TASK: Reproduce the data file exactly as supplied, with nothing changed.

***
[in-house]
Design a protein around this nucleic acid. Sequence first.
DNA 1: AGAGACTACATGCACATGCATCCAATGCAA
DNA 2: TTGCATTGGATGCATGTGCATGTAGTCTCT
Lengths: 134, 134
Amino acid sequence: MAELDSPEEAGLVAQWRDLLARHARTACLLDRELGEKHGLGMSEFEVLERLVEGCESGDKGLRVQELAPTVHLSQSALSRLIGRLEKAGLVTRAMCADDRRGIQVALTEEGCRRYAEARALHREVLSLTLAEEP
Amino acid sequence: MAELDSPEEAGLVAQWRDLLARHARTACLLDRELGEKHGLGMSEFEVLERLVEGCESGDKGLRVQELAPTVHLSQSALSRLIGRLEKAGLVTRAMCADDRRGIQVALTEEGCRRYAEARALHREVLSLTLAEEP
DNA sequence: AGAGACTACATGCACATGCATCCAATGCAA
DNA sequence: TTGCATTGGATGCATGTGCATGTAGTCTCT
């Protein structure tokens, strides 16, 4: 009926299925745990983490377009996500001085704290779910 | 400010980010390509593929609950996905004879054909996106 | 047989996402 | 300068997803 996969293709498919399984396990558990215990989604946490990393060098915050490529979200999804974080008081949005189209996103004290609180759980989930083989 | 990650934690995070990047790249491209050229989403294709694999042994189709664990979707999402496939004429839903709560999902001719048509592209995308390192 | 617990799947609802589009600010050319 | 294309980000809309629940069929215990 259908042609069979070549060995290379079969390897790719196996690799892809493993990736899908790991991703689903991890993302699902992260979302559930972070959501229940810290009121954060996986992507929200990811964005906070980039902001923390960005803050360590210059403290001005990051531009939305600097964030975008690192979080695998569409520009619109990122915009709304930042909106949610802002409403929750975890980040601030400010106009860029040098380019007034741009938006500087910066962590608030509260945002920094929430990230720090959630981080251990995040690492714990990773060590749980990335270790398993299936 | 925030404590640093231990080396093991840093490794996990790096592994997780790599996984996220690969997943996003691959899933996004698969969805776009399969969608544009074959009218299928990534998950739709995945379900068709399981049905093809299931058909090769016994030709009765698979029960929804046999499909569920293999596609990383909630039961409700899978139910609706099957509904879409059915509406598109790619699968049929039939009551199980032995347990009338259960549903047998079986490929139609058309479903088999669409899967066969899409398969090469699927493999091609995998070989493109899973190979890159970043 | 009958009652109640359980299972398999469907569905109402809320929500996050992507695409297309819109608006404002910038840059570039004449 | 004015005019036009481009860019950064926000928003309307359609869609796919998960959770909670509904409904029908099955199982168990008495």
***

[in-house]
Design a protein around this nucleic acid. Sequence first.
DNA 1: AGAGACTACATGCACATGCATCCAATGCAA
DNA 2: TTGCATTGGATGCATGTGCATGTAGTCTCT
Lengths: 134, 134
Amino acid sequence: MAELDSPEEAGLVAQWRDLLARHARTACLLDRELGEKHGLGMSEFEVLERLVEGCESGDKGLRVQELAPTVHLSQSALSRLIGRLEKAGLVTRAMCADDRRGIQVALTEEGCRRYAEARALHREVLSLTLAEEP
Amino acid sequence: MAELDSPEEAGLVAQWRDLLARHARTACLLDRELGEKHGLGMSEFEVLERLVEGCESGDKGLRVQELAPTVHLSQSALSRLIGRLEKAGLVTRAMCADDRRGIQVALTEEGCRRYAEARALHREVLSLTLAEEP
DNA sequence: AGAGACTACATGCACATGCATCCAATGCAA
DNA sequence: TTGCATTGGATGCATGTGCATGTAGTCTCT
């Protein structure tokens, strides 16, 4: 009926299925745990983490377009996500001085704290779910 | 400010980010390509593929609950996905004879054909996106 | 047989996402 | 300068997803 996969293709498919399984396990558990215990989604946490990393060098915050490529979200999804974080008081949005189209996103004290609180759980989930083989 | 990650934690995070990047790249491209050229989403294709694999042994189709664990979707999402496939004429839903709560999902001719048509592209995308390192 | 617990799947609802589009600010050319 | 294309980000809309629940069929215990 259908042609069979070549060995290379079969390897790719196996690799892809493993990736899908790991991703689903991890993302699902992260979302559930972070959501229940810290009121954060996986992507929200990811964005906070980039902001923390960005803050360590210059403290001005990051531009939305600097964030975008690192979080695998569409520009619109990122915009709304930042909106949610802002409403929750975890980040601030400010106009860029040098380019007034741009938006500087910066962590608030509260945002920094929430990230720090959630981080251990995040690492714990990773060590749980990335270790398993299936 | 925030404590640093231990080396093991840093490794996990790096592994997780790599996984996220690969997943996003691959899933996004698969969805776009399969969608544009074959009218299928990534998950739709995945379900068709399981049905093809299931058909090769016994030709009765698979029960929804046999499909569920293999596609990383909630039961409700899978139910609706099957509904879409059915509406598109790619699968049929039939009551199980032995347990009338259960549903047998079986490929139609058309479903088999669409899967066969899409398969090469699927493999091609995998070989493109899973190979890159970043 | 009958009652109640359980299972398999469907569905109402809320929500996050992507695409297309819109608006404002910038840059570039004449 | 004015005019036009481009860019950064926000928003309307359609869609796919998960959770909670509904409904029908099955199982168990008495």